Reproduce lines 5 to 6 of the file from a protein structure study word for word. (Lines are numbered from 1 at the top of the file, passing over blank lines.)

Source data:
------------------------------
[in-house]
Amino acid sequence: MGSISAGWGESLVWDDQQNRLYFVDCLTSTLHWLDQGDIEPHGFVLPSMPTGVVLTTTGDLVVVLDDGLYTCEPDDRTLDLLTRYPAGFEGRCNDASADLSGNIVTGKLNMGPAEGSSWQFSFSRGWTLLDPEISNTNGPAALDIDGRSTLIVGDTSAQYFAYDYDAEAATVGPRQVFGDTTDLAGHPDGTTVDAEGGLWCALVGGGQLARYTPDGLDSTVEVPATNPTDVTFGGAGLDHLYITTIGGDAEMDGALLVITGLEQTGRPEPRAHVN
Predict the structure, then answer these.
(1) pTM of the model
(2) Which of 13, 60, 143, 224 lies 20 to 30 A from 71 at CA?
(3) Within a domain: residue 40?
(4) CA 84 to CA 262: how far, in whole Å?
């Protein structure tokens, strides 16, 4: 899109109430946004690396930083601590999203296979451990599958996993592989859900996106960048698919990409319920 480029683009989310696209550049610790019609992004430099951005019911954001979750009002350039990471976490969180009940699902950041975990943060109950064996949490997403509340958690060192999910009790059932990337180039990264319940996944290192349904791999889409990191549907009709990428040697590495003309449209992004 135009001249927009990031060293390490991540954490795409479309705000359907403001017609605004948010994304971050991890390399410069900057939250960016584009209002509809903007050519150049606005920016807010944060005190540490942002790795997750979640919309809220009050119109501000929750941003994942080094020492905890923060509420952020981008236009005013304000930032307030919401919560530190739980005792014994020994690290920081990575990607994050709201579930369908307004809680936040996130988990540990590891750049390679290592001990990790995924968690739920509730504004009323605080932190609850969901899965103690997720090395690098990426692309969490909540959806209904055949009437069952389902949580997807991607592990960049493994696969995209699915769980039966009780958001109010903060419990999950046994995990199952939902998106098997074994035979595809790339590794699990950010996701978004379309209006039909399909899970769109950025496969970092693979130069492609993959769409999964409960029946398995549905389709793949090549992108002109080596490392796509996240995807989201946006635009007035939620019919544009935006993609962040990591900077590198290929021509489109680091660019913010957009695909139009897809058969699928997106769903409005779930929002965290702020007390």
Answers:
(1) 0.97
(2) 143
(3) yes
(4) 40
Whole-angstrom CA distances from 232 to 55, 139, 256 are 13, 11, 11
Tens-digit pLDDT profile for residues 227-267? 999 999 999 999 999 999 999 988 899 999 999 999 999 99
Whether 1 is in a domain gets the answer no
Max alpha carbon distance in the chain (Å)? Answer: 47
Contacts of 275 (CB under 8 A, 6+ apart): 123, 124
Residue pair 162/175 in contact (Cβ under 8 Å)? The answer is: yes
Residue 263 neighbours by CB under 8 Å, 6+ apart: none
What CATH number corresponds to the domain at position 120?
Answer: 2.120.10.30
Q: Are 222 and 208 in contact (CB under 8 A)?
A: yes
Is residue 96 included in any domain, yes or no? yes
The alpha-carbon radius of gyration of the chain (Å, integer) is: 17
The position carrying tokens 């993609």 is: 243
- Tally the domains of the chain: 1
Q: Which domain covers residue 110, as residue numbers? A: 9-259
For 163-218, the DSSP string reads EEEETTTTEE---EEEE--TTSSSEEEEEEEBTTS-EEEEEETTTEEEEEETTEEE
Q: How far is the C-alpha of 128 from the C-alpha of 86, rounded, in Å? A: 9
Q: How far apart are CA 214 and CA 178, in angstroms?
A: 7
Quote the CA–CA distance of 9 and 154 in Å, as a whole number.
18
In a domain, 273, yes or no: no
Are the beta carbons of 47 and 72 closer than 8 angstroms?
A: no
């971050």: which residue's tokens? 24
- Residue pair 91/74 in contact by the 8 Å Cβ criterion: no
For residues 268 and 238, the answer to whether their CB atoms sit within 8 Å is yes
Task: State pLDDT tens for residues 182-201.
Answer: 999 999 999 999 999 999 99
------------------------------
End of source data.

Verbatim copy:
(2) Which of 13, 60, 143, 224 lies 20 to 30 A from 71 at CA?
(3) Within a domain: residue 40?